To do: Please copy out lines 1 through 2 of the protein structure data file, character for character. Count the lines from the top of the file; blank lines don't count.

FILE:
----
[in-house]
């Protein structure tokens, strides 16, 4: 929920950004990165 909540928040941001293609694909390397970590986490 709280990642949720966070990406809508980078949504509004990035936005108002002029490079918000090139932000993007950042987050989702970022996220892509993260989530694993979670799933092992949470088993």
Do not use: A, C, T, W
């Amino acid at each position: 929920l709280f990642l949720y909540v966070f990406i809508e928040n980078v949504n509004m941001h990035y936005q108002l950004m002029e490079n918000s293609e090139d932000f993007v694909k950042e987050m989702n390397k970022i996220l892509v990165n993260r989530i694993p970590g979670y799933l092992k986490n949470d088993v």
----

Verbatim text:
[in-house]
């Protein structure tokens, strides 16, 4: 929920950004990165 909540928040941001293609694909390397970590986490 709280990642949720966070990406809508980078949504509004990035936005108002002029490079918000090139932000993007950042987050989702970022996220892509993260989530694993979670799933092992949470088993």